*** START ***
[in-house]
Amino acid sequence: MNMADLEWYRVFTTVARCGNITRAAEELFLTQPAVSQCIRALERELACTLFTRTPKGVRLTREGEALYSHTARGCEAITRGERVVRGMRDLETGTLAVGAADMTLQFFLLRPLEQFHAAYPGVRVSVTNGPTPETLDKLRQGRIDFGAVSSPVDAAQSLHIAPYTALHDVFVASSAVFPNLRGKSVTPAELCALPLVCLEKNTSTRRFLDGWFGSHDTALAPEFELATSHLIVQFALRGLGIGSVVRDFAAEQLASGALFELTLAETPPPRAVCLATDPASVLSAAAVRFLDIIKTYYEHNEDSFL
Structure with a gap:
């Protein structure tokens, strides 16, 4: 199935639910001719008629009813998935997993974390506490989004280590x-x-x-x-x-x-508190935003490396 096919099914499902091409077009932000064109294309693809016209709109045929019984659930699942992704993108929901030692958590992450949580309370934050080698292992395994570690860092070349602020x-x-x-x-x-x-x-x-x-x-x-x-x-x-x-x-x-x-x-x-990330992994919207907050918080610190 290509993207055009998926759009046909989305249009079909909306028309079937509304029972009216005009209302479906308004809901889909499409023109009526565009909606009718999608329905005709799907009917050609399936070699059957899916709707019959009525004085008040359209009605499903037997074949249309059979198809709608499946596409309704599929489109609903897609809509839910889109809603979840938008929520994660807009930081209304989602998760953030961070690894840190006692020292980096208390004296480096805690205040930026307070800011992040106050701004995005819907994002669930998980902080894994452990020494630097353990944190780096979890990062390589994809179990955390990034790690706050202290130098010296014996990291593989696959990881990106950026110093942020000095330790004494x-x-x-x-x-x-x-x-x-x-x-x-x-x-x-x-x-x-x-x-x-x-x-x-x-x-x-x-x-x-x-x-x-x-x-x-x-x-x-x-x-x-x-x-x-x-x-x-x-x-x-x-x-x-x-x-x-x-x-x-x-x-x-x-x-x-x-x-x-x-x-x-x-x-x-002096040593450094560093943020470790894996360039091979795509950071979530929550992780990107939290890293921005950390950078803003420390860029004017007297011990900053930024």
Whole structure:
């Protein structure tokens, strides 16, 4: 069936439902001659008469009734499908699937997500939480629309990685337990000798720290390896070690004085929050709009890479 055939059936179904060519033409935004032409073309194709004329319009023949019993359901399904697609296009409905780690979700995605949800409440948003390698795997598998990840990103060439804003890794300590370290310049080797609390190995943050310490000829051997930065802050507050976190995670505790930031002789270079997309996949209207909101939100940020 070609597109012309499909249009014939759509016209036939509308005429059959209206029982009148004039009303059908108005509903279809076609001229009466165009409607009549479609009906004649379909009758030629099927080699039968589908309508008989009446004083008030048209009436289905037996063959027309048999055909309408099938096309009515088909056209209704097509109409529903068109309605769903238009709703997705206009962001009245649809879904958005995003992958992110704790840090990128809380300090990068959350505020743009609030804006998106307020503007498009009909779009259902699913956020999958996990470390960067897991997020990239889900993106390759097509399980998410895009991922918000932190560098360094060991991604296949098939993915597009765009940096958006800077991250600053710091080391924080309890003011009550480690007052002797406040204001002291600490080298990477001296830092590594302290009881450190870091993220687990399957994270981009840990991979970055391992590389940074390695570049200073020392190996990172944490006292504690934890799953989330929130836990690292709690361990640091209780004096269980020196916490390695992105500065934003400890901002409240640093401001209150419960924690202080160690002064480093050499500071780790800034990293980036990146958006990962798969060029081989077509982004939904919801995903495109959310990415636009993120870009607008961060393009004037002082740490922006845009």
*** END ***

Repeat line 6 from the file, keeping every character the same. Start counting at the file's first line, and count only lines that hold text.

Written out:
């Protein structure tokens, strides 16, 4: 069936439902001659008469009734499908699937997500939480629309990685337990000798720290390896070690004085929050709009890479 055939059936179904060519033409935004032409073309194709004329319009023949019993359901399904697609296009409905780690979700995605949800409440948003390698795997598998990840990103060439804003890794300590370290310049080797609390190995943050310490000829051997930065802050507050976190995670505790930031002789270079997309996949209207909101939100940020 070609597109012309499909249009014939759509016209036939509308005429059959209206029982009148004039009303059908108005509903279809076609001229009466165009409607009549479609009906004649379909009758030629099927080699039968589908309508008989009446004083008030048209009436289905037996063959027309048999055909309408099938096309009515088909056209209704097509109409529903068109309605769903238009709703997705206009962001009245649809879904958005995003992958992110704790840090990128809380300090990068959350505020743009609030804006998106307020503007498009009909779009259902699913956020999958996990470390960067897991997020990239889900993106390759097509399980998410895009991922918000932190560098360094060991991604296949098939993915597009765009940096958006800077991250600053710091080391924080309890003011009550480690007052002797406040204001002291600490080298990477001296830092590594302290009881450190870091993220687990399957994270981009840990991979970055391992590389940074390695570049200073020392190996990172944490006292504690934890799953989330929130836990690292709690361990640091209780004096269980020196916490390695992105500065934003400890901002409240640093401001209150419960924690202080160690002064480093050499500071780790800034990293980036990146958006990962798969060029081989077509982004939904919801995903495109959310990415636009993120870009607008961060393009004037002082740490922006845009």